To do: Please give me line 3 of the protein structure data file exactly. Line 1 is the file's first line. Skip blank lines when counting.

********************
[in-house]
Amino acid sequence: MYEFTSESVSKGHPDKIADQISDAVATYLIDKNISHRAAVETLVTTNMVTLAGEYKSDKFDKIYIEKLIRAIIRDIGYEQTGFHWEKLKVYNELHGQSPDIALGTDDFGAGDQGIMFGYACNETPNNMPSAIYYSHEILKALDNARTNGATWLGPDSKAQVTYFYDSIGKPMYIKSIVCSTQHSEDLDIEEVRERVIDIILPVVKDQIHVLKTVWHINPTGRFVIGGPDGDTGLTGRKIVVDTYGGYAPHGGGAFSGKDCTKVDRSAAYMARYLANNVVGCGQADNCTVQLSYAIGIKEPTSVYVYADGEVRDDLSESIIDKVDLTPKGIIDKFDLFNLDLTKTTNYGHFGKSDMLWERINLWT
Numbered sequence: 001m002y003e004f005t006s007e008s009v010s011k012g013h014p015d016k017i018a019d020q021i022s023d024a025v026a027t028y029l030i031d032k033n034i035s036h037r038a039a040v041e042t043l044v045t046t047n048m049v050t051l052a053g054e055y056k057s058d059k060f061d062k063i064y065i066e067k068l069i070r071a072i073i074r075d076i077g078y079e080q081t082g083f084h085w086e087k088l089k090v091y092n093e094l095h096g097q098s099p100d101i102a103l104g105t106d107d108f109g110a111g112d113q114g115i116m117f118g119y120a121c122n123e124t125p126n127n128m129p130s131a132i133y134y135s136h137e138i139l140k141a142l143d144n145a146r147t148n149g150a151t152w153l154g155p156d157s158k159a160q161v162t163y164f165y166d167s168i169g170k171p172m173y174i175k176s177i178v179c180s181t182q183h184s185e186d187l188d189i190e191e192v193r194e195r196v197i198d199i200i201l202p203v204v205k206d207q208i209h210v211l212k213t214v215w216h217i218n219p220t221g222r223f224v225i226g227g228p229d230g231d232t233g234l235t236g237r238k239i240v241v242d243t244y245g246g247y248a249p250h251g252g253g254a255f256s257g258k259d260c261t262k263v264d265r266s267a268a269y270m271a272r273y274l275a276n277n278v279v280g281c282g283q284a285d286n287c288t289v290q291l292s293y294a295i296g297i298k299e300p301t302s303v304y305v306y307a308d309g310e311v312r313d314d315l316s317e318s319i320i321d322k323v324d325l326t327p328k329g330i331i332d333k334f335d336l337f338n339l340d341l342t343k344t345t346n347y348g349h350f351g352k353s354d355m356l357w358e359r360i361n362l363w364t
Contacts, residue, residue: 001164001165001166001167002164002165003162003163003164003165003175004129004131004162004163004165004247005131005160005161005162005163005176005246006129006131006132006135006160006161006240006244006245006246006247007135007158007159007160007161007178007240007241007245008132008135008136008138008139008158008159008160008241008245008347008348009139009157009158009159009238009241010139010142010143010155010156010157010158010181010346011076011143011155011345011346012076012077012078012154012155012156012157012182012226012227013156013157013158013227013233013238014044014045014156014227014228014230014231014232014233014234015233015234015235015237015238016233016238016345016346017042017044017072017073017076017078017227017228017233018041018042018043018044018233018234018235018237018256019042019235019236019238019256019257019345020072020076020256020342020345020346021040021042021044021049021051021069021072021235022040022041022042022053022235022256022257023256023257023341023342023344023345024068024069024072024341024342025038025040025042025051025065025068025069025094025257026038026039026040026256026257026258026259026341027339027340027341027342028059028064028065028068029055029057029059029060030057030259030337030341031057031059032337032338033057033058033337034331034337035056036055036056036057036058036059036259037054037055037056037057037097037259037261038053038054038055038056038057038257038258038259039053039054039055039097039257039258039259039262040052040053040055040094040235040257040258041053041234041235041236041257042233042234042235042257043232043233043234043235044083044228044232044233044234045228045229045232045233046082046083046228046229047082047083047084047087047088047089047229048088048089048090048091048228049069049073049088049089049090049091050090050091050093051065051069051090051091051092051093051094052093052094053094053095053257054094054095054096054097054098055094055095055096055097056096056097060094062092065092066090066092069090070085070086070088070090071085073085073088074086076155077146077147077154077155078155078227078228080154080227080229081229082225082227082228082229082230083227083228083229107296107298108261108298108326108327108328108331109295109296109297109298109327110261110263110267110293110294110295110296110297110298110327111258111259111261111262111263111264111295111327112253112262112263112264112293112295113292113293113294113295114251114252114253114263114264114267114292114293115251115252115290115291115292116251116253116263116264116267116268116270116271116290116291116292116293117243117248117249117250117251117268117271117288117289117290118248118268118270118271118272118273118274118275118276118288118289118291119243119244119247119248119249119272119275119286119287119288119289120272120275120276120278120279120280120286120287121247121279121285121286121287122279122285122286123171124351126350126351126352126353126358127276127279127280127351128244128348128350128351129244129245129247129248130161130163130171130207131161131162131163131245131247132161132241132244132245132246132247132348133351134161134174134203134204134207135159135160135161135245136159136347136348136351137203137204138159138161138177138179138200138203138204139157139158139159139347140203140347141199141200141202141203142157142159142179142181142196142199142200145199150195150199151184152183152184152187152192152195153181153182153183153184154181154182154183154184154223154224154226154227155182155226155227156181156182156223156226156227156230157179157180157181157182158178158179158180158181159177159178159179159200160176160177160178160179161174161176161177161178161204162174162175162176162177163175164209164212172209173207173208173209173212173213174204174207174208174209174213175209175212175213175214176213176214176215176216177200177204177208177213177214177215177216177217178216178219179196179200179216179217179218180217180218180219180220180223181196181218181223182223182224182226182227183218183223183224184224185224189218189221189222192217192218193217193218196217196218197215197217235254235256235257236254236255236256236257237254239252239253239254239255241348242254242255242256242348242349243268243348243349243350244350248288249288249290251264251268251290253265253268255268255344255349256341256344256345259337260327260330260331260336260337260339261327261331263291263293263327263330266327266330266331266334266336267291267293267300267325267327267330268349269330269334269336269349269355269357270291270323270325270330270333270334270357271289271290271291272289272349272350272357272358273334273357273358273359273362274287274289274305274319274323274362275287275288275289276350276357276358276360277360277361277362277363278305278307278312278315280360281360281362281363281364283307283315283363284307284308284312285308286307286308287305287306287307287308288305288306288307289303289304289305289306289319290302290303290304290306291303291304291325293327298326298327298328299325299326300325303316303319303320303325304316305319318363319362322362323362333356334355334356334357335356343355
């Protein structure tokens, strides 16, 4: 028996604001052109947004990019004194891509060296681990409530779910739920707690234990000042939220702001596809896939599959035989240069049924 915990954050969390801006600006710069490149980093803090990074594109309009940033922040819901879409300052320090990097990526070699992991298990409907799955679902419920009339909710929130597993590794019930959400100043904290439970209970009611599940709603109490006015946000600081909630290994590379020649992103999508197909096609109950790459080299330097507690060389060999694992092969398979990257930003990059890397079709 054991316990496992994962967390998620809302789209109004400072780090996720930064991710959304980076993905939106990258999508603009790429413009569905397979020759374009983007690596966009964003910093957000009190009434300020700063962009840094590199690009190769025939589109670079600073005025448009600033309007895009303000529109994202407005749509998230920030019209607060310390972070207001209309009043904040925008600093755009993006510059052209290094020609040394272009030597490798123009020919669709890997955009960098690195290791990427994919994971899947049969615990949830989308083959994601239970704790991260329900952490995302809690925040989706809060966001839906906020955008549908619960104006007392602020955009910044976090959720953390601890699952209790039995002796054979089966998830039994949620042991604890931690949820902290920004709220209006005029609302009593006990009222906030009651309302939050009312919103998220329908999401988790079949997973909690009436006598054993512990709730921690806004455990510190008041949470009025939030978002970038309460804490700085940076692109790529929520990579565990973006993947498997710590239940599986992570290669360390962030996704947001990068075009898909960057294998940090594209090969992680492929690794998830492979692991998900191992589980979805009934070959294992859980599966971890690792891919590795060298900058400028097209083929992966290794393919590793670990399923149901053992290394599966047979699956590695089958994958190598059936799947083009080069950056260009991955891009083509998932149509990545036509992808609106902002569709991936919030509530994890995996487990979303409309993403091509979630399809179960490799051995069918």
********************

Numbered sequence: 001m002y003e004f005t006s007e008s009v010s011k012g013h014p015d016k017i018a019d020q021i022s023d024a025v026a027t028y029l030i031d032k033n034i035s036h037r038a039a040v041e042t043l044v045t046t047n048m049v050t051l052a053g054e055y056k057s058d059k060f061d062k063i064y065i066e067k068l069i070r071a072i073i074r075d076i077g078y079e080q081t082g083f084h085w086e087k088l089k090v091y092n093e094l095h096g097q098s099p100d101i102a103l104g105t106d107d108f109g110a111g112d113q114g115i116m117f118g119y120a121c122n123e124t125p126n127n128m129p130s131a132i133y134y135s136h137e138i139l140k141a142l143d144n145a146r147t148n149g150a151t152w153l154g155p156d157s158k159a160q161v162t163y164f165y166d167s168i169g170k171p172m173y174i175k176s177i178v179c180s181t182q183h184s185e186d187l188d189i190e191e192v193r194e195r196v197i198d199i200i201l202p203v204v205k206d207q208i209h210v211l212k213t214v215w216h217i218n219p220t221g222r223f224v225i226g227g228p229d230g231d232t233g234l235t236g237r238k239i240v241v242d243t244y245g246g247y248a249p250h251g252g253g254a255f256s257g258k259d260c261t262k263v264d265r266s267a268a269y270m271a272r273y274l275a276n277n278v279v280g281c282g283q284a285d286n287c288t289v290q291l292s293y294a295i296g297i298k299e300p301t302s303v304y305v306y307a308d309g310e311v312r313d314d315l316s317e318s319i320i321d322k323v324d325l326t327p328k329g330i331i332d333k334f335d336l337f338n339l340d341l342t343k344t345t346n347y348g349h350f351g352k353s354d355m356l357w358e359r360i361n362l363w364t